Id. at 607, 359 S.E.2d at 762.
    By comparison, in State v. Hollingsworth, 78 N.C. App. 578, 337 S.E.2d 674 (1985), the witness whose statement was to be admitted testified that the information contained in the statement was “a lie.” She further testified that she did not remember and never had remembered any of the events in question. This Court reversed the trial court's admission of her statements, holding that “[s]ince she testified that when she wrote the letter, it did not correctly reflect her knowledge of the events and she did not know facts that she had forgotten by the time of the trial, the trial court should not have admitted the letter into evidence as a recorded recollection.” Id. at 581, 337 S.E.2d at 676-77. In the instant case, the witness gavethe statements within a reasonable time of having heard them and testified that they were accurate when given. The judge followed the proper procedure in allowing the statements to be read to the jurors. There was no error in admitting this evidence.
    [3]Defendant also contends that admission of these statements deprived him of his constitutional right to confront and cross-examine witnesses against him. However, evidence falling within a “firmly rooted” hearsay exception has been held sufficiently reliable that a defendant's constitutional right of confrontation is not violated by its admission. See State v. Jackson, 348 N.C. 644, 503 S.E.2d 101 (1998).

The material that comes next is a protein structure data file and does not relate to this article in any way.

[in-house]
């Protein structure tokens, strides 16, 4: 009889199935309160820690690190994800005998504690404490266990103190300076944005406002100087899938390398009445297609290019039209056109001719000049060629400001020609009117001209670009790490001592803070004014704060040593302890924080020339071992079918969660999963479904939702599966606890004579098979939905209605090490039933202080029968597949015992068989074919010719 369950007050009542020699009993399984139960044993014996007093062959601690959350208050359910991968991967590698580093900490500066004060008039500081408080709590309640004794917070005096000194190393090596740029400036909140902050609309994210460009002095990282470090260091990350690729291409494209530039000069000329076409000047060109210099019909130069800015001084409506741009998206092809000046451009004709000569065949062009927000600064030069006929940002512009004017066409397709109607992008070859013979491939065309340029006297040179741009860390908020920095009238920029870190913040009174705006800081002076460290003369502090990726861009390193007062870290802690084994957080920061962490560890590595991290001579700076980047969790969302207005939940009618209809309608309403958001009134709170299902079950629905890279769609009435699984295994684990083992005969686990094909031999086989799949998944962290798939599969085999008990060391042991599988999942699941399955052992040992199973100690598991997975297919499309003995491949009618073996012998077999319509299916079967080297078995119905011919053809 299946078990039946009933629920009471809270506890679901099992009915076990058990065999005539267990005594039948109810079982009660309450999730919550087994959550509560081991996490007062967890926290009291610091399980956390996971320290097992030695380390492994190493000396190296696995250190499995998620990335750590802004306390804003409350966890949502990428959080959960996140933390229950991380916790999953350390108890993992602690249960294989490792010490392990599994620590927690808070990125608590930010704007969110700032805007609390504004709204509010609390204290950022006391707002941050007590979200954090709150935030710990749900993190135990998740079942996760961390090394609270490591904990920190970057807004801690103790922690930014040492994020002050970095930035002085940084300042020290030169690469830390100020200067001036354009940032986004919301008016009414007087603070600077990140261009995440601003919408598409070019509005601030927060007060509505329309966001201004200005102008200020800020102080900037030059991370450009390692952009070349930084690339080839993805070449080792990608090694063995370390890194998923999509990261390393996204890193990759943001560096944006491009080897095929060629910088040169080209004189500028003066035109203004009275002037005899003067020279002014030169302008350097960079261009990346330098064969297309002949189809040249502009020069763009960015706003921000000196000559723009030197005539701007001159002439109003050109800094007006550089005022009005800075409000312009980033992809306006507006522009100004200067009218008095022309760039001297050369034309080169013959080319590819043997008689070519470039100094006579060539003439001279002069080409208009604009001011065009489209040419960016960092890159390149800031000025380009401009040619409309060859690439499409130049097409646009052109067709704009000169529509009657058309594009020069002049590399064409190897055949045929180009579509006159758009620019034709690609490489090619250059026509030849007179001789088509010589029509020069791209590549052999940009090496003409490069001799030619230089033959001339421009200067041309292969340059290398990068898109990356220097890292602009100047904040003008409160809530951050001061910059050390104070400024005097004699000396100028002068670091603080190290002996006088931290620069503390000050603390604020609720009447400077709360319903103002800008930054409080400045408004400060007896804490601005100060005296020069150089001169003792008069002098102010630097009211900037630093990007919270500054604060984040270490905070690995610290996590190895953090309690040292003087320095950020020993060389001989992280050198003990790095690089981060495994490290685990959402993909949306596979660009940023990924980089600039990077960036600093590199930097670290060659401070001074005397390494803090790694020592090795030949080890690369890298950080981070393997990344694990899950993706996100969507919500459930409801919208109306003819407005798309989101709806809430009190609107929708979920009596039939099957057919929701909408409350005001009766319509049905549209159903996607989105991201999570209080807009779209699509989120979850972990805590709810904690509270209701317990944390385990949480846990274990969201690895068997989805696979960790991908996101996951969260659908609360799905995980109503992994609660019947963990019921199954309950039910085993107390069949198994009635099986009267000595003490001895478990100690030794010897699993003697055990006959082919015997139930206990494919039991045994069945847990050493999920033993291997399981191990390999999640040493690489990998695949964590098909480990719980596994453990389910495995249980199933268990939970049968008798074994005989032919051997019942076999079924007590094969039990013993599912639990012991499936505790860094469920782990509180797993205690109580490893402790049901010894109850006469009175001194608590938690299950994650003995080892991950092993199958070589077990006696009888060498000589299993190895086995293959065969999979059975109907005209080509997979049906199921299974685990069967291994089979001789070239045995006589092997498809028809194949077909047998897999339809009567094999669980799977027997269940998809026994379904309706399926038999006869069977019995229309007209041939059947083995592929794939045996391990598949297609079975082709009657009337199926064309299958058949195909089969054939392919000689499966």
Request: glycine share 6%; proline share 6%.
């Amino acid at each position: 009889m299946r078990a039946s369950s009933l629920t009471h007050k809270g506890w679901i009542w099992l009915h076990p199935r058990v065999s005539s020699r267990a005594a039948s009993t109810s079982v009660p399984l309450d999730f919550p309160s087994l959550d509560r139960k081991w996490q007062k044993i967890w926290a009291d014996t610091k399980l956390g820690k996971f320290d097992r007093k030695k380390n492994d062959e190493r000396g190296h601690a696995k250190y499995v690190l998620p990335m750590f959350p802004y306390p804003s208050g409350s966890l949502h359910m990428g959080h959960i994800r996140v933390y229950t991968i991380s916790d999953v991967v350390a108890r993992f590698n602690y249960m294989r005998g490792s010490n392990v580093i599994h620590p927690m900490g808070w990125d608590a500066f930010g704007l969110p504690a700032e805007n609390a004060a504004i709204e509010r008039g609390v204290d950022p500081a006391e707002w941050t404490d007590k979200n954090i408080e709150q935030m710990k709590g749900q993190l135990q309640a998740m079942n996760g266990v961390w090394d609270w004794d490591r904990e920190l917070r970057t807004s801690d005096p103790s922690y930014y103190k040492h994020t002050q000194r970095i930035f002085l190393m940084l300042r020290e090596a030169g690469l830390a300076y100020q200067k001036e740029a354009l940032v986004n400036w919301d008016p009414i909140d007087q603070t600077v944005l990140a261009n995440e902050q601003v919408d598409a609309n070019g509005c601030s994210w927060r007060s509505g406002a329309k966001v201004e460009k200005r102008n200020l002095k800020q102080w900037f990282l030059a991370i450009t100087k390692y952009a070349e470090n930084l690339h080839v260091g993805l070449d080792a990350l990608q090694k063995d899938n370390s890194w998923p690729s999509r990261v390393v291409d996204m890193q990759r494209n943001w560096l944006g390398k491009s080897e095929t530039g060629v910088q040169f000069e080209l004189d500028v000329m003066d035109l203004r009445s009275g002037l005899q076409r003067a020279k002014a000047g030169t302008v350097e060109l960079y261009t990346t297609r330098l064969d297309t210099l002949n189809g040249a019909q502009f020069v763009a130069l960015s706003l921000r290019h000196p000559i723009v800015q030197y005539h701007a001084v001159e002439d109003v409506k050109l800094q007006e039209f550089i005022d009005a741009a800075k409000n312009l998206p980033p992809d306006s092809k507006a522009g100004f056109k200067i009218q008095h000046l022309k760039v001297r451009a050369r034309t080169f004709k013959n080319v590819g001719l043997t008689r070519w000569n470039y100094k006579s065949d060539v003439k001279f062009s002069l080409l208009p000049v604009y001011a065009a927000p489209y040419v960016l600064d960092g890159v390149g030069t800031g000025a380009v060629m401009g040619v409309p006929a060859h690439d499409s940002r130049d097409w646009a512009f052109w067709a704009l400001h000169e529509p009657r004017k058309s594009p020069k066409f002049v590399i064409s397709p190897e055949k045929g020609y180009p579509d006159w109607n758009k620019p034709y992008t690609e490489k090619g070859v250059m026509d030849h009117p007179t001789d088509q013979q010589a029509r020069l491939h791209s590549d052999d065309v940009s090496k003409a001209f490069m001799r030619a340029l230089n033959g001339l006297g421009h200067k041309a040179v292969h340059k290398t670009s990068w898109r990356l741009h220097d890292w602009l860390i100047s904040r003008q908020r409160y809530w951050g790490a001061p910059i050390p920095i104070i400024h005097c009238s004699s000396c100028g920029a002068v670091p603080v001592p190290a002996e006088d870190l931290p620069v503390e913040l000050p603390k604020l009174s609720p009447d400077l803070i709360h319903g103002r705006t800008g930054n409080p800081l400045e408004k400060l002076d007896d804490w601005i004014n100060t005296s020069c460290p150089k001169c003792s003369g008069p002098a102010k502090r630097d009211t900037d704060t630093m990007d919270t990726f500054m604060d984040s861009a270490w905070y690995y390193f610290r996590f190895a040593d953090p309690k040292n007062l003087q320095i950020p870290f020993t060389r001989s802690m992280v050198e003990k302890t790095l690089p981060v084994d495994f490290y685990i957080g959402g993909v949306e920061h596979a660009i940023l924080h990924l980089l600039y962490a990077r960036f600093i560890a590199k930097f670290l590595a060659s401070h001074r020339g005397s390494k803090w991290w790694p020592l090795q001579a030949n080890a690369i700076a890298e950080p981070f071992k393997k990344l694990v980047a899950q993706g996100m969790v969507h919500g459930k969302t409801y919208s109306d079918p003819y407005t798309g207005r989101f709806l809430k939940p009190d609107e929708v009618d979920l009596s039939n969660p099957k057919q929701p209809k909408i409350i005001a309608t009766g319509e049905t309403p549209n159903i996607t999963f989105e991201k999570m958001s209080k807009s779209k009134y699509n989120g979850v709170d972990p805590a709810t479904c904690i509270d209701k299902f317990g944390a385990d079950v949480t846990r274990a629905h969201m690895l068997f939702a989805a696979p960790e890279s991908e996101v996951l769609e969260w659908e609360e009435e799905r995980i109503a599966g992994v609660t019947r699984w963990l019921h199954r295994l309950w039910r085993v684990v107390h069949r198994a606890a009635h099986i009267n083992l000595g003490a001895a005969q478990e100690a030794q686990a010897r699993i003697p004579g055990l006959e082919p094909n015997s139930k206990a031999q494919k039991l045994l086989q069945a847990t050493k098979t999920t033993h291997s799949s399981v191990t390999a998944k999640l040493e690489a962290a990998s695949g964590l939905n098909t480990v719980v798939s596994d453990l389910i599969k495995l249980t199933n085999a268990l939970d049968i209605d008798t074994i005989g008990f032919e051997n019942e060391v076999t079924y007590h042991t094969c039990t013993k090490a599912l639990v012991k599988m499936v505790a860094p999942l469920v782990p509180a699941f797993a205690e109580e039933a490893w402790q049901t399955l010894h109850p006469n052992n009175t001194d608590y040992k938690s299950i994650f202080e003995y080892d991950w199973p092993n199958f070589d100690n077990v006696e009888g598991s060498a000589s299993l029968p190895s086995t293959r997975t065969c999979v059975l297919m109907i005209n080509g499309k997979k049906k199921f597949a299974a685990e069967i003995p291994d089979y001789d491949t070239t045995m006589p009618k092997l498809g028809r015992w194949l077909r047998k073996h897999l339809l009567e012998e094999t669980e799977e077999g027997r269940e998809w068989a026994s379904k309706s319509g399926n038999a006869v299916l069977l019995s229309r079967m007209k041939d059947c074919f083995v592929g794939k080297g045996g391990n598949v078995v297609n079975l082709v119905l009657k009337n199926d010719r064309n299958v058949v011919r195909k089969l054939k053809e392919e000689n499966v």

It is a question of first impression in North Carolina whether the recorded recollection exception codified in Rule 803(5) is firmly rooted. The exception is of great antiquity in North Carolina, see Kenneth S. Broun, Brandis and Broun on North Carolina Evidence § 224 (5th ed. 1998), and has been found by other jurisdictions to be firmly rooted, see Hatch v. State, 58 F.3d 1447, 1467 (10th Cir. 1995) (“The exception for past recorded recollections is clearly a firmly rooted hearsay exception.”); United States v. Kelly, 349 F.2d 720, 770 (2d Cir. 1965) (This exception has “long been favored by the federal and practically all the state courts that have had occasion to decide the question.”); Flynn v. State, 702 N.E.2d 741, 745 (Ind. App.1998) (“[Witness's] prior recorded statement fell with [sic] a firmly rooted hearsay exception under Evid. R. 803(5) as a prior recorded statement.”); State v. Jenkins, 483 N.W.2d 262 (Wis. App. 1992); see also Fed. R. Evid. 803(5) advisory committee's note. We are persuaded that this exception is firmly rooted in North Carolina. Admission of this evidence did not violate defendant's constitutional rights. This assignment of error is overruled.